In February 2010, Tikun Olam became a limited company. In 2012 the company received a stamp of approval from the Standards Institute of Israel in the areas of growth, production, sale, and distribution of medical marijuana, as well as in patient care. In 2013 the company received another stamp of approval in the area of food standards.
As of 2013, the company provided medical marijuana for some 3,000 patients (out of 11,000 patients with active licenses) at a monthly cost of 370 NIS. The company has about 50 employees who received a license to work from the Ministry of Health including agronomists, researchers, chemists, and other professionals related to botany and medicine.
As of 2022, the company is owned by Barak Rosen, who is also the owner of Israel-Canada Group, largest real estate company in Israel by cap value.
The company's facilities are located in the north of Israel and are under the supervision of the Ministry of Health and the Israel Police and under constant security. The principal activity of the company is growing and developing strains of medical cannabis with a high percentage of active ingredients for medical treatments, and the extraction of these materials for the preparation of cannabis products, such as edible capsules. The testing and approval of active substances was handled by Professor Mechoulam in Hebrew University, as were quality checks.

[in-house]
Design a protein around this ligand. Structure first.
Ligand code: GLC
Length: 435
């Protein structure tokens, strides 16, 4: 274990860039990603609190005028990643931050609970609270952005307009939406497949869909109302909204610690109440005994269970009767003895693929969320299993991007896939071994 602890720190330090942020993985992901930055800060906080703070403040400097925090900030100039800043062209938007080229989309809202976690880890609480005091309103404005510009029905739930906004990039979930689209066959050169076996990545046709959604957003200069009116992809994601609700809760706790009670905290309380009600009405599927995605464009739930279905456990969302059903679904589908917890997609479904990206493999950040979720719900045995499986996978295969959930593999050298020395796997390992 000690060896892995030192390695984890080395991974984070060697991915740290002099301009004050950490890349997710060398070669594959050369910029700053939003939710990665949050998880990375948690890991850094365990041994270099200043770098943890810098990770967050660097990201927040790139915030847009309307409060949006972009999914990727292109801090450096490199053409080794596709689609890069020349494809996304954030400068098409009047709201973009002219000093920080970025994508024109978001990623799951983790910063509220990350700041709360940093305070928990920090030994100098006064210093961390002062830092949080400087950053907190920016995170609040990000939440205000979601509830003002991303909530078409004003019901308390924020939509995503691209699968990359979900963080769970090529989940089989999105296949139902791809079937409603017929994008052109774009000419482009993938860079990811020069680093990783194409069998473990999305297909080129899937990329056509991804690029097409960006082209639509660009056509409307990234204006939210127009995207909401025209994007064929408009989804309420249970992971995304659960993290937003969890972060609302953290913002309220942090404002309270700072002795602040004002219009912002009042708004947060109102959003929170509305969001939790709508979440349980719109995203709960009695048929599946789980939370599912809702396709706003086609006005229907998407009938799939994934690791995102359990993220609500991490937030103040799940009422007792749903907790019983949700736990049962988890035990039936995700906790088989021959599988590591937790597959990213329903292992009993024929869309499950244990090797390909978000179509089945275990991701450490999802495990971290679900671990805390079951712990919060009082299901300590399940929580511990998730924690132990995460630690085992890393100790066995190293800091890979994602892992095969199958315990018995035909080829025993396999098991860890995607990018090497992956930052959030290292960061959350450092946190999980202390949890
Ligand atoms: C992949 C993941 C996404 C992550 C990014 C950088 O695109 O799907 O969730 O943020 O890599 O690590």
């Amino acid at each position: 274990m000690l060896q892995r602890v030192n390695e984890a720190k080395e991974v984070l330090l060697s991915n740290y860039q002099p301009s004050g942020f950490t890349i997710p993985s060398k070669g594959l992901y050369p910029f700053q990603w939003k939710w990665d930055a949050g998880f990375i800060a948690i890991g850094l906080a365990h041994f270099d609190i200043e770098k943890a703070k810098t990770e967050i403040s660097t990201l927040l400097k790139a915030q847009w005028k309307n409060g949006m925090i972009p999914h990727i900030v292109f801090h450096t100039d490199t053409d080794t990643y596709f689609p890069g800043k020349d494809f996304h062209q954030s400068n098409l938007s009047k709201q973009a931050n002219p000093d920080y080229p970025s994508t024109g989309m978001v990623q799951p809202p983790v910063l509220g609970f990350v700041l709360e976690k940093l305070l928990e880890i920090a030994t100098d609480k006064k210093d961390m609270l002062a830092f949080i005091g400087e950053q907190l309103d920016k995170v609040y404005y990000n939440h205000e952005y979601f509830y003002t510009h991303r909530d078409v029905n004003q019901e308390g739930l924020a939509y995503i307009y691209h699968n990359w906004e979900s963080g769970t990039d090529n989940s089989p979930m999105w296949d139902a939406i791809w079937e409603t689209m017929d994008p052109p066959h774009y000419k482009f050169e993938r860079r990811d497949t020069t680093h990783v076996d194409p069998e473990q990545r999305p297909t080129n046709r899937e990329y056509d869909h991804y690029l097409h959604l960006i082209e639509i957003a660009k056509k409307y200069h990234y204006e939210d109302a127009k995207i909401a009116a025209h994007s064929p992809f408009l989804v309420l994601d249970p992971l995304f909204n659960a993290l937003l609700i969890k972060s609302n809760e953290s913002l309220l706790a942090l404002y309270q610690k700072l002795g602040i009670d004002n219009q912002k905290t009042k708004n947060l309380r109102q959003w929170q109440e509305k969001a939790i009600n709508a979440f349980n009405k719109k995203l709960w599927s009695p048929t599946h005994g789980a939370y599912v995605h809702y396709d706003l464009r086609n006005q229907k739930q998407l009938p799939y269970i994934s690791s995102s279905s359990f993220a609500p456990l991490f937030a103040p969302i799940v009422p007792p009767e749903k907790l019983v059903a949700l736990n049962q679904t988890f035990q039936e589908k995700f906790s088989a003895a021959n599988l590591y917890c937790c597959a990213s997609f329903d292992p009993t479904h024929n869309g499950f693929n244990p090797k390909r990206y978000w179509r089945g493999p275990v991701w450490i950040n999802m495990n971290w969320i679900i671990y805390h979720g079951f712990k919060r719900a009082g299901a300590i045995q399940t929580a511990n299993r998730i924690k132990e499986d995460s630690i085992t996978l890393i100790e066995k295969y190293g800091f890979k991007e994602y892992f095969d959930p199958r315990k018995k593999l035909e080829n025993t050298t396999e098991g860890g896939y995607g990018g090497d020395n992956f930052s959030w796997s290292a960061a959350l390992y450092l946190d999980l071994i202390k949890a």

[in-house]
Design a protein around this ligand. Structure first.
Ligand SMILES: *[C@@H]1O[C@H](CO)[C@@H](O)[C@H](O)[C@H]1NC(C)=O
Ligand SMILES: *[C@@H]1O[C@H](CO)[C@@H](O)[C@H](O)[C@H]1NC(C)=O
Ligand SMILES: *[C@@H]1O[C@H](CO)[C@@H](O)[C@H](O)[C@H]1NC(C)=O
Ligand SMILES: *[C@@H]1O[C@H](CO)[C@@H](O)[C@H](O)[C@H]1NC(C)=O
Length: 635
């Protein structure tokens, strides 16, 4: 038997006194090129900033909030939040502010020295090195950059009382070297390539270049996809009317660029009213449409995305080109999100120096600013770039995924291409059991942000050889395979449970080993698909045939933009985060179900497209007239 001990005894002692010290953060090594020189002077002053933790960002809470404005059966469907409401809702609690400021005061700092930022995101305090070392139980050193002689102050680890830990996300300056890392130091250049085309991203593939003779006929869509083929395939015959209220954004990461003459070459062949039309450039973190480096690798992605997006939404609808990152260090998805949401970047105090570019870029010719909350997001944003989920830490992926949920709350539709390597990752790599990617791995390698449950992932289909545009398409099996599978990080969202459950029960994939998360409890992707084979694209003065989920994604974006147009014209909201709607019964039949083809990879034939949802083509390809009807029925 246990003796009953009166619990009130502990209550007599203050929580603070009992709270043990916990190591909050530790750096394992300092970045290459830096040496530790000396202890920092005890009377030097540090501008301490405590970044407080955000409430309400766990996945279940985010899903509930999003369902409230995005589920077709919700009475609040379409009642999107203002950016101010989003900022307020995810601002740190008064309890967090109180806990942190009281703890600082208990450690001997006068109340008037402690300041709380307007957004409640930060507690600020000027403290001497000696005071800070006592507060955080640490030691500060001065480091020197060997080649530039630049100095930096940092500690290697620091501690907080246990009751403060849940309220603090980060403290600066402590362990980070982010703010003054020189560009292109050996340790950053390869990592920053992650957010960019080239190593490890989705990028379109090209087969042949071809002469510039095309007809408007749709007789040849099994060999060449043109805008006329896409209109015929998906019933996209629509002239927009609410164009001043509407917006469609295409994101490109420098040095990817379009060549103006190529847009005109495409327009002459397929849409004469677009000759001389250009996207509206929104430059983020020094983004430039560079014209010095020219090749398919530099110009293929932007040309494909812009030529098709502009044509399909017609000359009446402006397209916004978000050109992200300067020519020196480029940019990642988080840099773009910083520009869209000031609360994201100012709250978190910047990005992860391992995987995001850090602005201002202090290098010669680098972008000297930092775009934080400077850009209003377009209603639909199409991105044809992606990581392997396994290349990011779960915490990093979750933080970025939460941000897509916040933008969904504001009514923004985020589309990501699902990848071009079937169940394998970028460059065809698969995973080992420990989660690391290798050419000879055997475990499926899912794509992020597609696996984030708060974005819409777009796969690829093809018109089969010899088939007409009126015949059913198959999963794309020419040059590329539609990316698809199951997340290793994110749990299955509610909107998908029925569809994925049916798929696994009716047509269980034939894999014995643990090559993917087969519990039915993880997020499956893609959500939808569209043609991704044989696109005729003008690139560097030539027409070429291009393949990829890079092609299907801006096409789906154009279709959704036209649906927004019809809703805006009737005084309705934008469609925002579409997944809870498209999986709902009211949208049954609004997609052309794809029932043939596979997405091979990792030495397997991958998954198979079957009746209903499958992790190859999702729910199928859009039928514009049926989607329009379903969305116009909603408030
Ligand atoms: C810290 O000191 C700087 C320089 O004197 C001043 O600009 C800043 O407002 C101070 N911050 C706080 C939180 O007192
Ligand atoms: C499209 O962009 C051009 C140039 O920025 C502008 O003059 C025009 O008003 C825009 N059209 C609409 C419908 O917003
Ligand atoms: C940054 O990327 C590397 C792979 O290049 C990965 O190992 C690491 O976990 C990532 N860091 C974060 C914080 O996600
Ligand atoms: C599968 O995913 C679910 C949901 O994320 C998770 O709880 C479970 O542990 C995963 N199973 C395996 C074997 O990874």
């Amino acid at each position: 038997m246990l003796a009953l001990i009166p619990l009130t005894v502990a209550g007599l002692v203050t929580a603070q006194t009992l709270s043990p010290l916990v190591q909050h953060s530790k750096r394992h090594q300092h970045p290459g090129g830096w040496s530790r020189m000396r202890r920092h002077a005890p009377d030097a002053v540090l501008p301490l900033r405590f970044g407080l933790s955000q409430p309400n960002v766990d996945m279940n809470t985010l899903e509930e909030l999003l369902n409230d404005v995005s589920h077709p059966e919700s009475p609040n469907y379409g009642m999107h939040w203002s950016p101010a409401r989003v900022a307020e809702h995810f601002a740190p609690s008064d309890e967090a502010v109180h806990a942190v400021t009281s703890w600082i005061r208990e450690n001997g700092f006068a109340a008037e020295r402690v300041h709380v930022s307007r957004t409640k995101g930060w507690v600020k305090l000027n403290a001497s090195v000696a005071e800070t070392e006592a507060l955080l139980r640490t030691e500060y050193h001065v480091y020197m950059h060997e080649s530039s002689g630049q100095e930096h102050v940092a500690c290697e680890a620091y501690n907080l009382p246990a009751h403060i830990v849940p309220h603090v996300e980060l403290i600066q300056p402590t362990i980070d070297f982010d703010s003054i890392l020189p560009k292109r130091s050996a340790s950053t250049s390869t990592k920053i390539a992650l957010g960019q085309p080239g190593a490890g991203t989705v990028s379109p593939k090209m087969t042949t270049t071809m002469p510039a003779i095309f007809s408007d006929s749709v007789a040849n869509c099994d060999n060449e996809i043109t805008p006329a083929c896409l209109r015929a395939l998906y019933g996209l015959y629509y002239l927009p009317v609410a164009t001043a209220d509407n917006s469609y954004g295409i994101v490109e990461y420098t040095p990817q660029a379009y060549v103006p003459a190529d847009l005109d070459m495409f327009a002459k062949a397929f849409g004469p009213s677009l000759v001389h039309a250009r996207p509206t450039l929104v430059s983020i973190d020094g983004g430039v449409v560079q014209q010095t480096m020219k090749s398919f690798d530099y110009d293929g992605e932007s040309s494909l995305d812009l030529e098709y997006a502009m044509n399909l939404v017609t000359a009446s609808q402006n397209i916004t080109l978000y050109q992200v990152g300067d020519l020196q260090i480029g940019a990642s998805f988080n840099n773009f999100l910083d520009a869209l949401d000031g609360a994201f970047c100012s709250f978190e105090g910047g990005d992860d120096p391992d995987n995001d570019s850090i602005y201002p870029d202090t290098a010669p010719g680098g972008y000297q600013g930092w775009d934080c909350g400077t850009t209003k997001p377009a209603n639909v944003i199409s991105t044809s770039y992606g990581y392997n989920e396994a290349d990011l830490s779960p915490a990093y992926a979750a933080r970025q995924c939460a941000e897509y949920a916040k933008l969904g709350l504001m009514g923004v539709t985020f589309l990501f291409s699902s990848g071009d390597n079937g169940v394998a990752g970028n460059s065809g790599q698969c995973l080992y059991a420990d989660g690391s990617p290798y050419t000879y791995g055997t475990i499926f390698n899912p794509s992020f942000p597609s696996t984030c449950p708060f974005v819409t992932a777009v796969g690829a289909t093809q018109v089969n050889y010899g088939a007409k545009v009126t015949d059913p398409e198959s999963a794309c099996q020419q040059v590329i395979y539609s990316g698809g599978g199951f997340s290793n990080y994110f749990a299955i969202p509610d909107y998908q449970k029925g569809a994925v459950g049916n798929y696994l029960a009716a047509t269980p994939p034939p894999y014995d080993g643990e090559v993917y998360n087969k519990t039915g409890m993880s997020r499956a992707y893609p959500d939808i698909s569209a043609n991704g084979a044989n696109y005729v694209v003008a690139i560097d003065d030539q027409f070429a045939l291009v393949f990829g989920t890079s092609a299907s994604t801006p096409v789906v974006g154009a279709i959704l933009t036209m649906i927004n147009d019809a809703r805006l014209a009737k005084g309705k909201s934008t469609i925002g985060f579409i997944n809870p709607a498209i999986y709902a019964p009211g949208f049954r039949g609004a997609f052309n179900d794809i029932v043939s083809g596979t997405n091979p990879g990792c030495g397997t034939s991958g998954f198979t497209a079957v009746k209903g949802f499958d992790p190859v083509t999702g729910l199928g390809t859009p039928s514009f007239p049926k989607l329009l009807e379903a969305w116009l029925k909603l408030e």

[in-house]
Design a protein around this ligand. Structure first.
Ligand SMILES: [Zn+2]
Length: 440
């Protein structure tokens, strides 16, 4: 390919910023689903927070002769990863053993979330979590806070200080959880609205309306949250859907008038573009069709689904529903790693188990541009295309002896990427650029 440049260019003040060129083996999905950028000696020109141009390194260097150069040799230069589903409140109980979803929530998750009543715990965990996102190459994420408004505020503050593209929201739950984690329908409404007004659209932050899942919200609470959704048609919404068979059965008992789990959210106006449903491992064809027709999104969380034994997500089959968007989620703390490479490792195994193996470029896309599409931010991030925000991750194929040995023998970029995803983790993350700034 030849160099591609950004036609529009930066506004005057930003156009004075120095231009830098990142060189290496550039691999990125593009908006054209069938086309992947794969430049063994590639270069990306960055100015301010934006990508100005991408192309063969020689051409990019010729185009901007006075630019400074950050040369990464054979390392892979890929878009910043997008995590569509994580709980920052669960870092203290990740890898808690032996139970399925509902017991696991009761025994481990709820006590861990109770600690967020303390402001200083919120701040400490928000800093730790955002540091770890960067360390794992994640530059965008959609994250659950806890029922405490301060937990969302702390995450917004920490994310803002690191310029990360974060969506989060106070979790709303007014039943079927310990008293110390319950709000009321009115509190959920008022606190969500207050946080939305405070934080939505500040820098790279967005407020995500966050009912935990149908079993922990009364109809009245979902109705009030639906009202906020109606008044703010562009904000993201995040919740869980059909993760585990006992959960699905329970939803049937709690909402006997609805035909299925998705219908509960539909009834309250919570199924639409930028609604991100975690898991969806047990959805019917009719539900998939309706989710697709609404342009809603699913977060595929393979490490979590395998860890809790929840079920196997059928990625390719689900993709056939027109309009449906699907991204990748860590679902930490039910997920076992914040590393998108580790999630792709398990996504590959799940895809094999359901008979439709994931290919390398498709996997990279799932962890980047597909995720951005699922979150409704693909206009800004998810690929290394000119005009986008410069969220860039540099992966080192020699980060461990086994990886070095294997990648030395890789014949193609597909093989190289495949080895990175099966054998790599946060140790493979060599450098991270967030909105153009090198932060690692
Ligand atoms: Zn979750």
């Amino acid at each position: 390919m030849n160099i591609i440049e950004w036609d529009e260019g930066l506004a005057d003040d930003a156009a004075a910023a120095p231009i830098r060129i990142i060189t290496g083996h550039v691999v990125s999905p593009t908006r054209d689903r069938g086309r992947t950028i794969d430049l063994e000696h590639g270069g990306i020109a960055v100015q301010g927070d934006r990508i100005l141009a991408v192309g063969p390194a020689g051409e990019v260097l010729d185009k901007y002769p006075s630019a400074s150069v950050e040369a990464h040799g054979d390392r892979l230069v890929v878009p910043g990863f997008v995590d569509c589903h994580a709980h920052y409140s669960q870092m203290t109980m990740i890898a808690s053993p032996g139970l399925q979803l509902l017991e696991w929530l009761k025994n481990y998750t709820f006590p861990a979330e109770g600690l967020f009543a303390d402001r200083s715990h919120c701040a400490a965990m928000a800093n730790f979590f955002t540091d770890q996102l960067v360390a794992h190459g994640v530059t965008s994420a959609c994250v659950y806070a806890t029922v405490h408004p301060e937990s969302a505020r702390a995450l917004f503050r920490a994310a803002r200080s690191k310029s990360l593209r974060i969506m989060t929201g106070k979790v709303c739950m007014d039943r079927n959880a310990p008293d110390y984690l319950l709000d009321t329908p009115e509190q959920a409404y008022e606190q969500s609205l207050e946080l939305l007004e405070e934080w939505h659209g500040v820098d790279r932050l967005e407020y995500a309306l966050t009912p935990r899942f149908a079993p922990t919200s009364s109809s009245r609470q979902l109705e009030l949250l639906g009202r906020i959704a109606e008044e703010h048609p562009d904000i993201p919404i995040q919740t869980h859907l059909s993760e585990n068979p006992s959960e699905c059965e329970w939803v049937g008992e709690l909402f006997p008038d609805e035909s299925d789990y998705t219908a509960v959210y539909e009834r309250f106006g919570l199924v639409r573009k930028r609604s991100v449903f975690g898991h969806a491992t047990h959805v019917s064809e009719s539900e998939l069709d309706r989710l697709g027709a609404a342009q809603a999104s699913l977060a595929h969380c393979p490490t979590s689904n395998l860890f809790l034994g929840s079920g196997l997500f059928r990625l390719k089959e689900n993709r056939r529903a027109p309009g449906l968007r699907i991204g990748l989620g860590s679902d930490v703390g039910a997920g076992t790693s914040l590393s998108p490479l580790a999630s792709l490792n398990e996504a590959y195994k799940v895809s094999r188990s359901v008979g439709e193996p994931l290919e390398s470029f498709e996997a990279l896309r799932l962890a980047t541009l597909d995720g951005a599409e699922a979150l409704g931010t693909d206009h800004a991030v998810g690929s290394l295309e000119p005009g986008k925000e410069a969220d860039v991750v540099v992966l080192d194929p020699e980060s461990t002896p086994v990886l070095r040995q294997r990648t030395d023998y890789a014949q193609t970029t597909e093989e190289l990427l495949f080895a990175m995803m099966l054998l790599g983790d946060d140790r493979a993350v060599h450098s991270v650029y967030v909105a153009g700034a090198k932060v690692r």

The company's breakthrough came in the middle of 2012 when it was able to develop a unique strain of medical marijuana that does not contain the psychoactive substance THC, producing no sense of intoxication, and yet had anti-inflammatory properties of the plant called cannabidiol, or CBD. This achievement led to the Ministry of Information and Diaspora holding a press conference at the company's facilities for leading media outlets in Israel and abroad to report this breakthrough.
As of 2014, Tikun Olam grows 12 different strains, including two species of medical cannabis containing 1% THC and 17% CBD (cannabidiol).
A 5.7-hectare (14-acre) indoor cultivation facility was opened in 2019 by the Tikun Olam California in Adelanto, a city just outside the Los Angeles area.